CHARLESTON, W.Va. -- Today's the deadline for filing income tax returns. Why two days late this year? First, because April 15 was Sunday -- and second, because on April 16, 1862, President Abraham Lincoln signed a proclamation freeing slaves inside the District of Columbia. So Monday was D.C. Emancipation Day, giving federal employees yet another of their many days off, and the tax deadline was delayed.
If you think the tax timetable is complicated, it's simple compared to the bizarre tangle presented by the maze of technicalities that stun people trying to prepare their own returns.
If you look at a form and see something like "Short-term gain from Form 6252 and short-term gain or (loss) from Forms 4684, 6781 and 8824," your brain probably boggles in complete confusion. It's like trying to read an insurance policy.
Why, for heaven's sake, is it impossible for average, well-educated Americans to understand how to pay their taxes? No wonder most families now hire accountants or other specialists to do it. Millions of taxpayers sign their prepared returns and write checks without quite knowing what they're doing.
The Kansas City Star called U.S. tax laws "by far the most diabolical tax code on the face of the planet," adding:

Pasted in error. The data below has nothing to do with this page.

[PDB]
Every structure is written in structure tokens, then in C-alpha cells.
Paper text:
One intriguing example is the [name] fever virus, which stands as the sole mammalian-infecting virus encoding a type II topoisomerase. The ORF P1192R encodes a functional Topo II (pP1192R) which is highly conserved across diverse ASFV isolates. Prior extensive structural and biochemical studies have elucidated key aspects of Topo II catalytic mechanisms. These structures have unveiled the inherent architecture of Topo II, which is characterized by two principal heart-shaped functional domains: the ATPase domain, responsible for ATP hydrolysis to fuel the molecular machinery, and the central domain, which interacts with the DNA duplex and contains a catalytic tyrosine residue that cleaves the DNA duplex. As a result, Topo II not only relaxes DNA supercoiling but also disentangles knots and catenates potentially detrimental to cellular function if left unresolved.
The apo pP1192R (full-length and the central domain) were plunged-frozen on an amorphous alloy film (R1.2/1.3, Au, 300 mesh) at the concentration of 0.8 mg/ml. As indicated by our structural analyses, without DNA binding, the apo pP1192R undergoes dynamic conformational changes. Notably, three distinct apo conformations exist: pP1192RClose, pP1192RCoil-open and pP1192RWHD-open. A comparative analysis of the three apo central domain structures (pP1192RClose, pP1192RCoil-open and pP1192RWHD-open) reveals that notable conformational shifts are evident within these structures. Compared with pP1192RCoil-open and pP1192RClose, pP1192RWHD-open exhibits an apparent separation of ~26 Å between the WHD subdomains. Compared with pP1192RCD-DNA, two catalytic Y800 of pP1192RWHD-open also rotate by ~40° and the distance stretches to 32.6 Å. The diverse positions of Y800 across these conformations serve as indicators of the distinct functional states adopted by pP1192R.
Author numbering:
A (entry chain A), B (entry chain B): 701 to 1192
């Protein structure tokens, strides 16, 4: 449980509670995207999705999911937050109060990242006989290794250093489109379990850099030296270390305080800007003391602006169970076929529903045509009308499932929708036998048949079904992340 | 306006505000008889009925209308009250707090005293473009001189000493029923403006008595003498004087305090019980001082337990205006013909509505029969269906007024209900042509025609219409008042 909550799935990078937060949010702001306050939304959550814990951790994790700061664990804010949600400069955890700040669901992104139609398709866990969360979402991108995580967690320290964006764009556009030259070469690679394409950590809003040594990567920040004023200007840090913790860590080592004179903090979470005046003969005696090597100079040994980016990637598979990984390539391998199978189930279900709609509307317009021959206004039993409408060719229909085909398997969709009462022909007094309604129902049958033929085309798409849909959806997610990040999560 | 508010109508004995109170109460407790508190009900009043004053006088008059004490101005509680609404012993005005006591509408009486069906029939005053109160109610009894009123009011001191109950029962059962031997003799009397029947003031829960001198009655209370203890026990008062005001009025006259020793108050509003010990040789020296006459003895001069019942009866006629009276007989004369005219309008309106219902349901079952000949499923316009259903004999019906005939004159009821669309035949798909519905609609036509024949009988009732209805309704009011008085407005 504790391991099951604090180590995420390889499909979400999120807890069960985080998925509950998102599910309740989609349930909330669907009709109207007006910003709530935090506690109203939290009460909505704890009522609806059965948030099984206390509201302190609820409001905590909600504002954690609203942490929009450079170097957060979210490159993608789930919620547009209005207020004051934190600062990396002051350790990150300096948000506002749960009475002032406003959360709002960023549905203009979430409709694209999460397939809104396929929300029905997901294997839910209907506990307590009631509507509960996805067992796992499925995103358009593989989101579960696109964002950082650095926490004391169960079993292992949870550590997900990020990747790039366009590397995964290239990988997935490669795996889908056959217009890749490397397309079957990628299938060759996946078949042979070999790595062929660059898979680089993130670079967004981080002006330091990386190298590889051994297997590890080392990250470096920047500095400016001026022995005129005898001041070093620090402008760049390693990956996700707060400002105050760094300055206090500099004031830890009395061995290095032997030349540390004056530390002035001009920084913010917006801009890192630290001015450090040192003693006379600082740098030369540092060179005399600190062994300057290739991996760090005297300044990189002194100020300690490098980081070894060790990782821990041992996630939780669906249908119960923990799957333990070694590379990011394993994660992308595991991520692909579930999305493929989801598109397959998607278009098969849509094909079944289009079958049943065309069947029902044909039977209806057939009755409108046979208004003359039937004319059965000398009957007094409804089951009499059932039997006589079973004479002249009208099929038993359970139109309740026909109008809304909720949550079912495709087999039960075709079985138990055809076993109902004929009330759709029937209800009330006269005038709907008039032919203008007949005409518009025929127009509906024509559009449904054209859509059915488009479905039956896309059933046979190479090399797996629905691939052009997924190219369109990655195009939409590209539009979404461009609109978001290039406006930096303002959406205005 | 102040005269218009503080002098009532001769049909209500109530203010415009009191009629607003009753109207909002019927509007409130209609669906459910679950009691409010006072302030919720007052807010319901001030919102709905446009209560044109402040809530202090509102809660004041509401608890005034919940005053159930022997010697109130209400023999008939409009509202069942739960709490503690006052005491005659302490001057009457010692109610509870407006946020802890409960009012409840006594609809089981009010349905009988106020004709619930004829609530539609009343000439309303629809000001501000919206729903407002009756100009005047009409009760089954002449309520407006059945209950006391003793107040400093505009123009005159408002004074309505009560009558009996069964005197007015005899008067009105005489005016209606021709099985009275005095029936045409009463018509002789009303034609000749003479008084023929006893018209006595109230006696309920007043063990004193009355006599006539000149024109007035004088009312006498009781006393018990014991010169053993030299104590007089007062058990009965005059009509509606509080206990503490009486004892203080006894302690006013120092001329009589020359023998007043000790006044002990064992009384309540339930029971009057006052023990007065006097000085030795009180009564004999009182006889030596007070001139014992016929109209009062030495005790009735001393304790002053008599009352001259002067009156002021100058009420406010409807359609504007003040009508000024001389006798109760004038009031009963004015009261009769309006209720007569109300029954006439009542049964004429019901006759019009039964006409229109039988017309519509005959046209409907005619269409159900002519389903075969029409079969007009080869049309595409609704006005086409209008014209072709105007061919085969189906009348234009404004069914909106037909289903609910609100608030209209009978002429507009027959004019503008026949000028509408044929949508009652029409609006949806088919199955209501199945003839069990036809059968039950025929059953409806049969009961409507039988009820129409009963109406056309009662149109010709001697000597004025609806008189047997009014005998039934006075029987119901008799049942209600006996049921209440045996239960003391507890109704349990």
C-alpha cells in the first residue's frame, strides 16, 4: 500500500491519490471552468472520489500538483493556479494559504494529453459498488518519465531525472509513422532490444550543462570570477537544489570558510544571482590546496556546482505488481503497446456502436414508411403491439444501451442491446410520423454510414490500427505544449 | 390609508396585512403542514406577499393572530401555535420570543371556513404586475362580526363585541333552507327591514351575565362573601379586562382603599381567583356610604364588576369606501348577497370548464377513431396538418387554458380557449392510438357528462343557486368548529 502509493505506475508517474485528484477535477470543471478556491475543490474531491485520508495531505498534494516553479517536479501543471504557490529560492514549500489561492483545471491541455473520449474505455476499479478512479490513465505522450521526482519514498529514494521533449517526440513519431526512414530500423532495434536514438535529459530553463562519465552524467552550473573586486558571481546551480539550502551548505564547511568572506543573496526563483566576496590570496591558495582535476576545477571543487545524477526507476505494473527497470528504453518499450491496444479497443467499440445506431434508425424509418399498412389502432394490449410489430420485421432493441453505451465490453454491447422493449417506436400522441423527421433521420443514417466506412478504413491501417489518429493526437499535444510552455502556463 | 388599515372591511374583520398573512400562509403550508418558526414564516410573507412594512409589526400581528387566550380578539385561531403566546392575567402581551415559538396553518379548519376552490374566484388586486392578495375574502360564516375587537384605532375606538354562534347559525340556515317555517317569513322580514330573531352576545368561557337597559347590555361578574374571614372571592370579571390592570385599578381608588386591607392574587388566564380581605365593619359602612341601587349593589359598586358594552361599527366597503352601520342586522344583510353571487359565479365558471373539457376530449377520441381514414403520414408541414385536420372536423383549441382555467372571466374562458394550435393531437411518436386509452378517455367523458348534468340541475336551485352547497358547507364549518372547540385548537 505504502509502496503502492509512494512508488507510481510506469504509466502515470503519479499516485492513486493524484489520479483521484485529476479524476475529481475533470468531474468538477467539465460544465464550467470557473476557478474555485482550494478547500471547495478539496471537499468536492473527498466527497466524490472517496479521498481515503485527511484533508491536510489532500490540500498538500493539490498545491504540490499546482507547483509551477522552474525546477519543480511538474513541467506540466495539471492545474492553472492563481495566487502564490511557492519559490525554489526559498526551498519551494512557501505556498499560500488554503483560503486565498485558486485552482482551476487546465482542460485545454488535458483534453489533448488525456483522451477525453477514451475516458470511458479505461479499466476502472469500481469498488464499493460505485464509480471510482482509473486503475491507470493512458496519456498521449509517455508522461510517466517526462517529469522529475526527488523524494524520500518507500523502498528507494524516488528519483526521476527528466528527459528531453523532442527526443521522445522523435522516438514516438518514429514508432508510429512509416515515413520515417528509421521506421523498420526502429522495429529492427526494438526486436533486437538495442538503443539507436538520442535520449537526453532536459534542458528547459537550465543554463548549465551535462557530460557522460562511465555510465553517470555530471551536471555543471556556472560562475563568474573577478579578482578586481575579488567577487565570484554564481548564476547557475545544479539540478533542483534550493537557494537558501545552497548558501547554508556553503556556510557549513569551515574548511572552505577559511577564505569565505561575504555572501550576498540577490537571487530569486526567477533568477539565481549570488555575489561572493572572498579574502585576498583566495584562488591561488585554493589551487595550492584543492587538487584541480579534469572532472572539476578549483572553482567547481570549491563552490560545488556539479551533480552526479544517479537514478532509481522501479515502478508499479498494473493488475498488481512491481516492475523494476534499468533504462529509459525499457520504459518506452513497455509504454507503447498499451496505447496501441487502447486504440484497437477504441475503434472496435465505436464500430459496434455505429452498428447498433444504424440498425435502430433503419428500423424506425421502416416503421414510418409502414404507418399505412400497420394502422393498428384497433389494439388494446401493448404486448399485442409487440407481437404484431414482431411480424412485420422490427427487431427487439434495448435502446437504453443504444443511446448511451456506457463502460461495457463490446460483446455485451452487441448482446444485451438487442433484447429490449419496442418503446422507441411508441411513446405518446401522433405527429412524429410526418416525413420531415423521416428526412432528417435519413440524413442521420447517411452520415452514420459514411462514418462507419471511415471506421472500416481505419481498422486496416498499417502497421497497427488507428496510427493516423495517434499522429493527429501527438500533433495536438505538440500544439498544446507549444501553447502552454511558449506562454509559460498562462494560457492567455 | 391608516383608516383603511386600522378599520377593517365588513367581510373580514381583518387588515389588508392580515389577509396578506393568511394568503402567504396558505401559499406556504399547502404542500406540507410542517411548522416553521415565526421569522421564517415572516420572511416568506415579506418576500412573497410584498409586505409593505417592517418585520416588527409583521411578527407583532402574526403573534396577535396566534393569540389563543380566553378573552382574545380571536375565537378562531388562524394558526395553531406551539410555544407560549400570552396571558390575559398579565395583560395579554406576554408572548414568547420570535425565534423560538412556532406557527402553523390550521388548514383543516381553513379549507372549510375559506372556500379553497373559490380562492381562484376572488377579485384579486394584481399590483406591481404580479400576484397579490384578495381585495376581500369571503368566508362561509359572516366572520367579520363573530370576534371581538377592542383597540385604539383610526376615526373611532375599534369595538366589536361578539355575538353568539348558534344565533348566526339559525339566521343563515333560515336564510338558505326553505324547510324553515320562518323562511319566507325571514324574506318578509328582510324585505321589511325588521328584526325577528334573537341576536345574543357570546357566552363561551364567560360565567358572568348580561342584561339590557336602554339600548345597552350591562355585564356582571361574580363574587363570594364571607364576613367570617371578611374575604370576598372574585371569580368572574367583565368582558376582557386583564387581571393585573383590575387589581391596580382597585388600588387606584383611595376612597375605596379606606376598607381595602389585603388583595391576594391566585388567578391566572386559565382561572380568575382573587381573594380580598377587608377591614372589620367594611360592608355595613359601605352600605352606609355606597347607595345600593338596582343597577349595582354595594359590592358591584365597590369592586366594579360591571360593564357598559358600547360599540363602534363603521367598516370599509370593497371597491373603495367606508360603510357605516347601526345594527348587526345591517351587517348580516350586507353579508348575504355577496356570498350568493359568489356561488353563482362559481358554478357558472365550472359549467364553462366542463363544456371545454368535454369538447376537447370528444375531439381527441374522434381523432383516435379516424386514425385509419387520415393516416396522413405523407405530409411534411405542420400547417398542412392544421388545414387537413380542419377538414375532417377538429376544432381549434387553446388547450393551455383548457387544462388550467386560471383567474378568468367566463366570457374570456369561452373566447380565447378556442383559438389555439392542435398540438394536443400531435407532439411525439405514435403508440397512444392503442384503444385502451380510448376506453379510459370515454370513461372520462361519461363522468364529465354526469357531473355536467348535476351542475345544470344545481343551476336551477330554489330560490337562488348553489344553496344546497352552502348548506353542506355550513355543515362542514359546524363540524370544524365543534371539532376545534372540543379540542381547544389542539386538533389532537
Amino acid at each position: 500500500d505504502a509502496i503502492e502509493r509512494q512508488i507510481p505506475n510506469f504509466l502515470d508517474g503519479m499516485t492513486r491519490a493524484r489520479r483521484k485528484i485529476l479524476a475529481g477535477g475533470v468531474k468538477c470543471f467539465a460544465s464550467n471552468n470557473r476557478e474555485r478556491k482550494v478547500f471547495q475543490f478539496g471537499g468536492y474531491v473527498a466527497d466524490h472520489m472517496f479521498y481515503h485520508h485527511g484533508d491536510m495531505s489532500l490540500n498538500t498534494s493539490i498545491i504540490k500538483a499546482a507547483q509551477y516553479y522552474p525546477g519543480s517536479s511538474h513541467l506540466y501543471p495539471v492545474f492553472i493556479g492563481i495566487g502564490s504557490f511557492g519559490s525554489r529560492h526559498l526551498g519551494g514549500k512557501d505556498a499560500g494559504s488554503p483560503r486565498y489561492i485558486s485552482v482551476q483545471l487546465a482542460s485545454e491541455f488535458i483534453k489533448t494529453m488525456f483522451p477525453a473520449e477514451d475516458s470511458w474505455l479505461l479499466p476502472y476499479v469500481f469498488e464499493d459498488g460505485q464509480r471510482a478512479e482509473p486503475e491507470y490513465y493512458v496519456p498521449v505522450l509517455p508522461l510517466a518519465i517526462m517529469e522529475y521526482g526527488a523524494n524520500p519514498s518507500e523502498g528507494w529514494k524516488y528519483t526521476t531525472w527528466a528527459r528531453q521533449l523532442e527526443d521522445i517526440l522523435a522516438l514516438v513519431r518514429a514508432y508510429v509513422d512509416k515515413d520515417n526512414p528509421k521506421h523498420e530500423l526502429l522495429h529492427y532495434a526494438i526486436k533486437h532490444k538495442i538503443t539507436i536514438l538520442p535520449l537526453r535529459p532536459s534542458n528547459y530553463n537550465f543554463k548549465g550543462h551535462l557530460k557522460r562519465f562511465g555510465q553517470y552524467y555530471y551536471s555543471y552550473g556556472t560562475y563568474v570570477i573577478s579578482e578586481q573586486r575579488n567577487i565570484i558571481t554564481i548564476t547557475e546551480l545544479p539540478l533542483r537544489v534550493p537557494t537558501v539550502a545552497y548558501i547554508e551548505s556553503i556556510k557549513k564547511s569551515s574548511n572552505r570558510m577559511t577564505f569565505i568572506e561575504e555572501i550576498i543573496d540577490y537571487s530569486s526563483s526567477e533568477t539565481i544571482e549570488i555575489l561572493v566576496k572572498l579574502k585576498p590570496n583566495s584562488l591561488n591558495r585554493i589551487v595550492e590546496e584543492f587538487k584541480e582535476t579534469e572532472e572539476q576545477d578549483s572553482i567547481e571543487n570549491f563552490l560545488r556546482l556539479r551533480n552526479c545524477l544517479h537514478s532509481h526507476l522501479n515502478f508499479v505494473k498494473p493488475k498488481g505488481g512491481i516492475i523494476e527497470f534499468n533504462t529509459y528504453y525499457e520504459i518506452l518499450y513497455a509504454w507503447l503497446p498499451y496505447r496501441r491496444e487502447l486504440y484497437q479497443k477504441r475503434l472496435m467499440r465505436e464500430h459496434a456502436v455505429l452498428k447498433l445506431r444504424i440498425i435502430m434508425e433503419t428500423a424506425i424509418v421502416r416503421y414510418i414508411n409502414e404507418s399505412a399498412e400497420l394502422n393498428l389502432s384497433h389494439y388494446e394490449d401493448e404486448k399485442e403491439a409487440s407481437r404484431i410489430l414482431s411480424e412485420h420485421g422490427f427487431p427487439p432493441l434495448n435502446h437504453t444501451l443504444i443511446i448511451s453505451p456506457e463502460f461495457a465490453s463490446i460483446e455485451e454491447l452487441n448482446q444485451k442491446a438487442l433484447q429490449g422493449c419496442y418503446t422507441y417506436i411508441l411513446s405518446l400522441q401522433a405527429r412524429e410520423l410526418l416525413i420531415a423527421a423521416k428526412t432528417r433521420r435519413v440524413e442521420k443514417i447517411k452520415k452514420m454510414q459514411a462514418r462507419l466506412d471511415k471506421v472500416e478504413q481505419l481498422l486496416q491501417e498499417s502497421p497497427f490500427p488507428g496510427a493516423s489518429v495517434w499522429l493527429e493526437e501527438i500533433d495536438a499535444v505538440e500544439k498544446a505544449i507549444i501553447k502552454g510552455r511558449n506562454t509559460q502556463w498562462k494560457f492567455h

"Seventy-five years ago, the instruction booklet for Form 1040 was two pages. Today it's nearly 200. The tax code in all its malignant glory is nearly 4 million words. No one fully understands what those words mean. Ninety percent of individual taxpayers have given up trying to decrypt the code's Delphic language. They hire somebody else to do it, or try. This year, individual taxpayers and businesses will spend more than 7 billion hours as tax-code hostages. Imagine the load that would be lifted from the economy if that burden could be cut, say, in half."
Politicians endlessly promise to simplify the tax code -- but wind up making it more indecipherable. Since the last major reform in 1986, when many deductions were eliminated and the top rate lowered to 28 percent, 15,000 revisions have been added.
For example, the Alternative Minimum Tax, first imposed to nab super-wealthy moguls who pay no tax at all, has been rejiggered so much that it now hits some middle-class folks earning $75,000.
Last year, President Obama's bipartisan deficit commission recommended closing loopholes, lowering rates and simplifying the labyrinth. But, of course, Congress bogged down in partisan warfare, and nothing is done.
The last-minute tax filing rush is so stressful that a recent study found that more car wrecks occur on deadline day.
Whether you understand what you're doing or not, you must get your returns postmarked today -- if you haven't already filed, by postal mail or cyber-filing.